Professor Savić said that whoever has money can spend it, especially when it comes to luxury goods, so he advised women not to buy one thing.

– Alcohol, gasoline and cigarettes have always been treated as luxury goods. The highest taxes have always been on those categories of products, and that is logical. My advice is that whoever has money – should save “white money for rainy days”. This is not the time for investments, because no one can guarantee that you will have a job in two years. In the long term, the Swiss franc is the most stable. Women – don’t buy earrings or a gold chain, because when you go to the jewelry store, they will cut the price in half. Monetary gold in bullion is valuable, changes in price but does not perish. Real estate or land is also a good choice”, advises a professor at the Faculty of Economics in Belgrade.

“Inflation is eroding Germany”

Inflation is increasingly eroding the purchasing power of German citizens, now even those from the middle class. This can be seen in the increasingly empty consumer basket and in the selection of products that people put in it, according to research published on Tuesday. In a study by the German Association of Savings Banks (DSGV), 57 percent of respondents said they had reduced their spending in the previous 12 months. A year earlier, 42 percent of them had to do this.

The fear of inflation, which rose to 10 percent in Germany in September for the first time in seventy years, has now taken root. About 90 percent of respondents said they were worried about inflation, said DSVG president Helmut Schleweis (Schleweis).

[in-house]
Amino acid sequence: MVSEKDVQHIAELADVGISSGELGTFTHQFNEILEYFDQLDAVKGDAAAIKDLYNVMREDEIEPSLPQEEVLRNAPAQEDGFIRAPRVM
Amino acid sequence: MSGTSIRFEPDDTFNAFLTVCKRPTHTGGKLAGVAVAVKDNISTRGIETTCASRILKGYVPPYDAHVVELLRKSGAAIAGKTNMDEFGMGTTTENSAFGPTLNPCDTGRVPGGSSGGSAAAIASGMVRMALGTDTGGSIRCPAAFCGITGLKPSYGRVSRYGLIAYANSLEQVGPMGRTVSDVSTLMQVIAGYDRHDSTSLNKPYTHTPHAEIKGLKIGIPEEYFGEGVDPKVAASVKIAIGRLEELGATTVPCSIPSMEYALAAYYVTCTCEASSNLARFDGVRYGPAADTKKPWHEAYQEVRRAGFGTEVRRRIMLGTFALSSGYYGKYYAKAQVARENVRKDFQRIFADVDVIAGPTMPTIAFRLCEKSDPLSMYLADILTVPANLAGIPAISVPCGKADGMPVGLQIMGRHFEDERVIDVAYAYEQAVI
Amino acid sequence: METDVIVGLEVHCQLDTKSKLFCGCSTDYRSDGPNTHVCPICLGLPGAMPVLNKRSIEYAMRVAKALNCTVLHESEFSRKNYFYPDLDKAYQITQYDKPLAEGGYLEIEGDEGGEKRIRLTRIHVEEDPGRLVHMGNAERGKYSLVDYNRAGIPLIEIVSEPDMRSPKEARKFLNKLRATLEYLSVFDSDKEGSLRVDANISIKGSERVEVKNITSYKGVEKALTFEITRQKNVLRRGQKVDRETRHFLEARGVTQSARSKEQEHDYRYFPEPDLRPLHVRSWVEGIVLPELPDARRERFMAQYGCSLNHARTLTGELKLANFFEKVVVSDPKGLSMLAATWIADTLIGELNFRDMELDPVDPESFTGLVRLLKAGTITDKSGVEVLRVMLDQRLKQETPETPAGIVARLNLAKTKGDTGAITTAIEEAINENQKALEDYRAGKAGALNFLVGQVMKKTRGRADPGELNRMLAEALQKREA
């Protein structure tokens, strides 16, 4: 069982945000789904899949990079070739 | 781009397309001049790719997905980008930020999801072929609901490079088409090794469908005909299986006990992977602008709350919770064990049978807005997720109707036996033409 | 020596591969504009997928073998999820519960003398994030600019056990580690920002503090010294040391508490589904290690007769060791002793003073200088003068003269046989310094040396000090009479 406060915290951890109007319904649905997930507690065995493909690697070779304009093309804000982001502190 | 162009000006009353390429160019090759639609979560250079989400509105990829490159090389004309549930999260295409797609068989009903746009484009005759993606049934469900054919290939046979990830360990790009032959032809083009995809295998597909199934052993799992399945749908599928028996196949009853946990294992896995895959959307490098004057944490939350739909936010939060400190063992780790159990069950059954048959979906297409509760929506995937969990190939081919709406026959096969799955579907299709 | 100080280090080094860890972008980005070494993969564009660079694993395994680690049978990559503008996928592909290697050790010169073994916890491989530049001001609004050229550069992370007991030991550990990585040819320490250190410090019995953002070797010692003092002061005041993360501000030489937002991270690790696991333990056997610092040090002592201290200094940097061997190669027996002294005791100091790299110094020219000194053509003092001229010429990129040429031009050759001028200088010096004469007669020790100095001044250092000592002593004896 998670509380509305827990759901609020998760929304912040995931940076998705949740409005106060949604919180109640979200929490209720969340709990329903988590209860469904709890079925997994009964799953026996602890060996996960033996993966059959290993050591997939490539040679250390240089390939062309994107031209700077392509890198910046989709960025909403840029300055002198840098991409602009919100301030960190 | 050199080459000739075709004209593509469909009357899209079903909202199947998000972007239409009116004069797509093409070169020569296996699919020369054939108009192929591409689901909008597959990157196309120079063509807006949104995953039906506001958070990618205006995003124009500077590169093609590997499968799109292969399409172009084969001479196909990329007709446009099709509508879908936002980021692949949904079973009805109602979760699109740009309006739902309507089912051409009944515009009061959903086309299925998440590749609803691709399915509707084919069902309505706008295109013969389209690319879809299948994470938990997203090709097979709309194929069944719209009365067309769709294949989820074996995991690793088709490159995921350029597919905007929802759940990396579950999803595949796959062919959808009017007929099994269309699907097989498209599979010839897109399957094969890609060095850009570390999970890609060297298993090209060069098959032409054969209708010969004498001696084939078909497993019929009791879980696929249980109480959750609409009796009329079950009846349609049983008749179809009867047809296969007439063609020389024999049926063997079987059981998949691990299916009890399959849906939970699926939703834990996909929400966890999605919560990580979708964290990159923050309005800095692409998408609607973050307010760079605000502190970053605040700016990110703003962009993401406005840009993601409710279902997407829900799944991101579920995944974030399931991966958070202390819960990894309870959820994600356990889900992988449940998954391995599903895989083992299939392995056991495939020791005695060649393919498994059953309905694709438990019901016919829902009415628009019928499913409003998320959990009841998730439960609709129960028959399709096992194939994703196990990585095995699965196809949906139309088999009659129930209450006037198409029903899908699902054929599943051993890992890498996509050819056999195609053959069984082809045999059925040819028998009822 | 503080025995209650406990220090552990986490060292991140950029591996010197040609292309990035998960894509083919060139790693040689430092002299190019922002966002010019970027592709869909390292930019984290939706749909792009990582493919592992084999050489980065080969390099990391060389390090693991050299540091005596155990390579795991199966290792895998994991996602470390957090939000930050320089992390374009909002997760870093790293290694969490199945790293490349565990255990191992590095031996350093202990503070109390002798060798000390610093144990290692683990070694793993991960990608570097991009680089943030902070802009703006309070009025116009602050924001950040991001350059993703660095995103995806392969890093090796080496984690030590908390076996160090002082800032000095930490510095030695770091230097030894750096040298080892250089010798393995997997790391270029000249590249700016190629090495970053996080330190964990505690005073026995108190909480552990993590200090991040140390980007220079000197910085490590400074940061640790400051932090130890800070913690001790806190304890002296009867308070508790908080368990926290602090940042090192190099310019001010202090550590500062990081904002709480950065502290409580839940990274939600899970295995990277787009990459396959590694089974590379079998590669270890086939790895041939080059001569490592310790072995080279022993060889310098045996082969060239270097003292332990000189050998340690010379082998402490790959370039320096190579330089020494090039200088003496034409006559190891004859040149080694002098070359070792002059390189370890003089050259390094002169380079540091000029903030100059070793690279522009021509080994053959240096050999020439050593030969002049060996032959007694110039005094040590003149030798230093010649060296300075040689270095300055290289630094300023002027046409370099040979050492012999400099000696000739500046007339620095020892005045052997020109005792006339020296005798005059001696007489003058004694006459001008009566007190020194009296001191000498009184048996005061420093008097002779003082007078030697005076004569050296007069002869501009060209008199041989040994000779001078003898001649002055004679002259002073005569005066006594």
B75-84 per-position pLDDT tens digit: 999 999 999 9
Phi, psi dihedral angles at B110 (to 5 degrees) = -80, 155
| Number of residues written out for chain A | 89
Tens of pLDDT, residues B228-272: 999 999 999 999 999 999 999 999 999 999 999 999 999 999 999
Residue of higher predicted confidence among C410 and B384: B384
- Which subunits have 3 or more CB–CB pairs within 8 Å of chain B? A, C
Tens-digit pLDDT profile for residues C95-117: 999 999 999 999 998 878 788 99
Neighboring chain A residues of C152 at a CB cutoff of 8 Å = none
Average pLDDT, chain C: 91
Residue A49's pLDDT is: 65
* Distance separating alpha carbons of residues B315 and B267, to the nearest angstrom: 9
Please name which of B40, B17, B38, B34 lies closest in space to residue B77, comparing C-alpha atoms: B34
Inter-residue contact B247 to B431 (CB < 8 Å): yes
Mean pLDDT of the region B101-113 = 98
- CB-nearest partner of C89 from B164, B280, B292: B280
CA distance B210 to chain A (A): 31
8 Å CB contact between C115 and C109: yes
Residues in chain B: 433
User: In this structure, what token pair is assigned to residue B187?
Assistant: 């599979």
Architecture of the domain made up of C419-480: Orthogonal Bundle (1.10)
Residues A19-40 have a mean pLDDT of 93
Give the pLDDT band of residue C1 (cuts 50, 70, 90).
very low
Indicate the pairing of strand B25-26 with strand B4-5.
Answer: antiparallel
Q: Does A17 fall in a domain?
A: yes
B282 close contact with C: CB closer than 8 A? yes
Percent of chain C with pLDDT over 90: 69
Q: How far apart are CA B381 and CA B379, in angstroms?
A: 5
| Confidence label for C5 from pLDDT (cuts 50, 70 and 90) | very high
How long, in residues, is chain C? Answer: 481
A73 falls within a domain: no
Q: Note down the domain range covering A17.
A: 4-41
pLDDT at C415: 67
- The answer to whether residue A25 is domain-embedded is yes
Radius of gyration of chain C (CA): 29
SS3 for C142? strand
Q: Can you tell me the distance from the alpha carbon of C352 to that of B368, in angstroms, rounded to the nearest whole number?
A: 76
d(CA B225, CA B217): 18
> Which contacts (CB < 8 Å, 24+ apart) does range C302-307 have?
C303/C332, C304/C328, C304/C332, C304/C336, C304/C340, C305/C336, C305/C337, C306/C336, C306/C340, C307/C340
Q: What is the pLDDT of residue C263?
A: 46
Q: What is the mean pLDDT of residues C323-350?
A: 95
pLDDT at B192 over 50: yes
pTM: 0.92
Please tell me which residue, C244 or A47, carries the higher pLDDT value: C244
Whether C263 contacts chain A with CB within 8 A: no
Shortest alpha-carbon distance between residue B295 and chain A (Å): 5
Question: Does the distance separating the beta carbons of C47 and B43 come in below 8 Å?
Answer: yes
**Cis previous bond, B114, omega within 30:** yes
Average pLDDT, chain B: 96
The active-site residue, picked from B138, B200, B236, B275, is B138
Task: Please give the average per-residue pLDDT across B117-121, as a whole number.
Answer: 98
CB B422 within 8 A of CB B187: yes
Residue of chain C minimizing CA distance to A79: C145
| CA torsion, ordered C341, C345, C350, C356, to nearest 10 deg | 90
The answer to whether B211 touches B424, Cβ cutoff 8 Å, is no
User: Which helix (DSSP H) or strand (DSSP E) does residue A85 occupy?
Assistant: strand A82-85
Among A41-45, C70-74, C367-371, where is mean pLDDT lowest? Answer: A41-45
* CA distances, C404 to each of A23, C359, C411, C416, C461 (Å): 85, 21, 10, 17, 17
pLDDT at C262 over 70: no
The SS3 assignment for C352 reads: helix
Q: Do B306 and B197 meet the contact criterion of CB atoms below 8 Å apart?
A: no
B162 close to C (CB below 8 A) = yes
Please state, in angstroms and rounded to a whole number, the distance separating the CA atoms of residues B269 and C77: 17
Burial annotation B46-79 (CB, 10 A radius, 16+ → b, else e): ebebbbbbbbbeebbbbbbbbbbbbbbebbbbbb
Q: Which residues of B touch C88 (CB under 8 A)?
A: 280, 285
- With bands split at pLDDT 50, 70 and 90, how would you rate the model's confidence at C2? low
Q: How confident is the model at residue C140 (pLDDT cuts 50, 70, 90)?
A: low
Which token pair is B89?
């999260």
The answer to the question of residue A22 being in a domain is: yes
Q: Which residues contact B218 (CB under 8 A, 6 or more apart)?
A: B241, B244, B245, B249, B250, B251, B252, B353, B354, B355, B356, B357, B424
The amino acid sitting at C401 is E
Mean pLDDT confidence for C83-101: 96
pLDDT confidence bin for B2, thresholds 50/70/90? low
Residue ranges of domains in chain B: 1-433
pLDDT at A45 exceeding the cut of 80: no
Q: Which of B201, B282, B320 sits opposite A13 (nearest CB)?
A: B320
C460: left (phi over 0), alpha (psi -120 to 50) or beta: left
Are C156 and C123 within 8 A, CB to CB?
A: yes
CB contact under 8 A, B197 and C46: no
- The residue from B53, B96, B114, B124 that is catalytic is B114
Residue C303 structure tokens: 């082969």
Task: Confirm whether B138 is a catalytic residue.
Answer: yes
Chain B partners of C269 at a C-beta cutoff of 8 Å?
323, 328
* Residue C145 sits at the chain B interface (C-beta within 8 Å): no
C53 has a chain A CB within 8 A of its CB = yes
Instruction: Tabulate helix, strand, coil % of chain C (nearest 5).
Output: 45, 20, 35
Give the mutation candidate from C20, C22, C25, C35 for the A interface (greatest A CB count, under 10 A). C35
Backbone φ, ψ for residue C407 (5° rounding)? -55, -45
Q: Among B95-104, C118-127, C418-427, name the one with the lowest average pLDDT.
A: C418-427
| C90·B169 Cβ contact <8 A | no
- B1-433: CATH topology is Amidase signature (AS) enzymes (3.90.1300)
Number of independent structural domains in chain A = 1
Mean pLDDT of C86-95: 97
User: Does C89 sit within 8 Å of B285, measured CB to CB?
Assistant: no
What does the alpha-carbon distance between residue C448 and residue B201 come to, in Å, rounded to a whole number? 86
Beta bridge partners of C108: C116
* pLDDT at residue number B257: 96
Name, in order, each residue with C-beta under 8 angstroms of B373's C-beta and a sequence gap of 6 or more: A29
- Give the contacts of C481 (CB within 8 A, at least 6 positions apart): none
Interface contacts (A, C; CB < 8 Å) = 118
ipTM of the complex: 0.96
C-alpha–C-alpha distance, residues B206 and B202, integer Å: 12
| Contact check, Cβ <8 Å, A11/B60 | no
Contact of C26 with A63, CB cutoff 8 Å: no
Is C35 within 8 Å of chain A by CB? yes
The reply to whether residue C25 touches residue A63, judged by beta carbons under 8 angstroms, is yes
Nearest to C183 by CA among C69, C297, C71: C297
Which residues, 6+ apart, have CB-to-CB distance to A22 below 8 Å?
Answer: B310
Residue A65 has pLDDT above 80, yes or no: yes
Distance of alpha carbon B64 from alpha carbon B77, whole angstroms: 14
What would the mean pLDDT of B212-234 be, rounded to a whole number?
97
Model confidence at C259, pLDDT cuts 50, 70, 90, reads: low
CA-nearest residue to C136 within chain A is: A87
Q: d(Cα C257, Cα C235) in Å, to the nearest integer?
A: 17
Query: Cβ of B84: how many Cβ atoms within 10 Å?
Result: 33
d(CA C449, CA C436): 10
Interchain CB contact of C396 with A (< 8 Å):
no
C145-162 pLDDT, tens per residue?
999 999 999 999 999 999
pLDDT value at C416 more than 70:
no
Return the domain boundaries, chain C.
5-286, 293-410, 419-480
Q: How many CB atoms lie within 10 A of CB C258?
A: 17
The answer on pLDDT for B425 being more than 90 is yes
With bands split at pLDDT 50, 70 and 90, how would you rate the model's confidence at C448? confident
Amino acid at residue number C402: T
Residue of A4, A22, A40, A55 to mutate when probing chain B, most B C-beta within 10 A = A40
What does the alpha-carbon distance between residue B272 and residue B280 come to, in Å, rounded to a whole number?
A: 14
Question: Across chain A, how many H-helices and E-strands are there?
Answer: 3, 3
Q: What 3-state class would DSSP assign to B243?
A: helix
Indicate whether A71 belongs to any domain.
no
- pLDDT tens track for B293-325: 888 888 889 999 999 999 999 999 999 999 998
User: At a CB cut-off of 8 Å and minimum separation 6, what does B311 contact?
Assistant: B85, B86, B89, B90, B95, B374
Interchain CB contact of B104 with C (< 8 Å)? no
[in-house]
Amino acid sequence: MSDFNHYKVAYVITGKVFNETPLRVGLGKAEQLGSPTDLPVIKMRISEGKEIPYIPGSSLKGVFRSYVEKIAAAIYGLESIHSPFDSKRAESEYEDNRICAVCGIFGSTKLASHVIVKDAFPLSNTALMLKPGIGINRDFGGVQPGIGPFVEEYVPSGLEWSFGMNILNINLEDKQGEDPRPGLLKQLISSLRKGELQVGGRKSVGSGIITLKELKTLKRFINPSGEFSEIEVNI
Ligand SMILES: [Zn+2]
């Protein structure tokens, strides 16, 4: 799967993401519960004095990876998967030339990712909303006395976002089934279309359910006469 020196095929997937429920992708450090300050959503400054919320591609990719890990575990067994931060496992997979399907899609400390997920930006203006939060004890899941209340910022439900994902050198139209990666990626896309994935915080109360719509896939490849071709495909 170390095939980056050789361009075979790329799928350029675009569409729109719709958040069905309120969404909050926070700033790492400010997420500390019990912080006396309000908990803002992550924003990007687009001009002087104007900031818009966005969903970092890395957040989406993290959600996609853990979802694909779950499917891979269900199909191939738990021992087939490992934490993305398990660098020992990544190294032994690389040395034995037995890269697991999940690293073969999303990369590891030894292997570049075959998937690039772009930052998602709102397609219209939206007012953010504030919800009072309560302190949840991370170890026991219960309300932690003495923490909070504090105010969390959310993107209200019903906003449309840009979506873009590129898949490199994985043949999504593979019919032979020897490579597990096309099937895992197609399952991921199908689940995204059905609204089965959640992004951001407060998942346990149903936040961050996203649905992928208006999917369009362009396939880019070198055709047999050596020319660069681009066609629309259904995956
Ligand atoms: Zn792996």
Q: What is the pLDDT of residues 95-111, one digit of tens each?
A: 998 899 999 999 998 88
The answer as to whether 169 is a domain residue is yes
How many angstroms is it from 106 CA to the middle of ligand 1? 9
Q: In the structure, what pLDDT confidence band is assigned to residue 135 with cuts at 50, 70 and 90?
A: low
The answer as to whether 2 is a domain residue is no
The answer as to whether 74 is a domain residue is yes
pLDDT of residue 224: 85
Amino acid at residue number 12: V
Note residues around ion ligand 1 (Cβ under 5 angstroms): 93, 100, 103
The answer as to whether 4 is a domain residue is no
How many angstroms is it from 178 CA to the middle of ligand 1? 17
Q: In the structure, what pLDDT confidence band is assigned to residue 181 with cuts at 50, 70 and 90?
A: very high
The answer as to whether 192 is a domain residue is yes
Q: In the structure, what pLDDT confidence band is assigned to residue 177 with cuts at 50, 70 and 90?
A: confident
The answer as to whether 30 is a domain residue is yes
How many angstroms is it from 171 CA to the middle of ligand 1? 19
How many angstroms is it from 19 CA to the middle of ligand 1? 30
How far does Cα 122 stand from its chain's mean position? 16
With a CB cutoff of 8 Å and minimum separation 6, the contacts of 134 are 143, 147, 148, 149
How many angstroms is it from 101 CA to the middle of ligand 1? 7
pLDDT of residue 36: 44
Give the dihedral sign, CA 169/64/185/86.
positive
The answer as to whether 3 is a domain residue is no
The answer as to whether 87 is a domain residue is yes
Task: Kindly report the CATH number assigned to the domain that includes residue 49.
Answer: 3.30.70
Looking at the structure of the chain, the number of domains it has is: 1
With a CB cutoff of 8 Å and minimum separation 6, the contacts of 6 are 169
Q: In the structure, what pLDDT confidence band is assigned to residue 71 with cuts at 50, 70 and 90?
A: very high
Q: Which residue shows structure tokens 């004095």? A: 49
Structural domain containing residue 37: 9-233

The population is reluctant to spend money: they are less willing to buy than at any time in the last 16 years, and almost half, 46 percent, intend to further reduce their already limited expenditures. A year earlier, 26 percent of respondents were preparing for it.

What is inflation?

Theoretically speaking, inflation represents an increase in the general level of prices. The term inflation means swelling or inflating. We can divide it into 3 categories: moderate inflation, galloping inflation, hyperinflation.

What is a recession?

– It is a crisis that is about to turn into a crisis of huge proportions if it lasts. The world has been struggling with a crisis for more than 2 years, it started with the corona virus pandemic and continued with the war in Ukraine. When we look globally, the world is currently in the second half of the crisis, which has no end in sight anytime soon, Savić tells us.

Speaking about the current situation, our interlocutor is not optimistic.

– The current situation in the world is bad, due to the fact that prices are skyrocketing, there are food shortages everywhere, and the end is not in sight – Savić said recently and added that Serbia is not an isolated island like other countries and that everyone shares the consequences of the crisis, Kurir writes.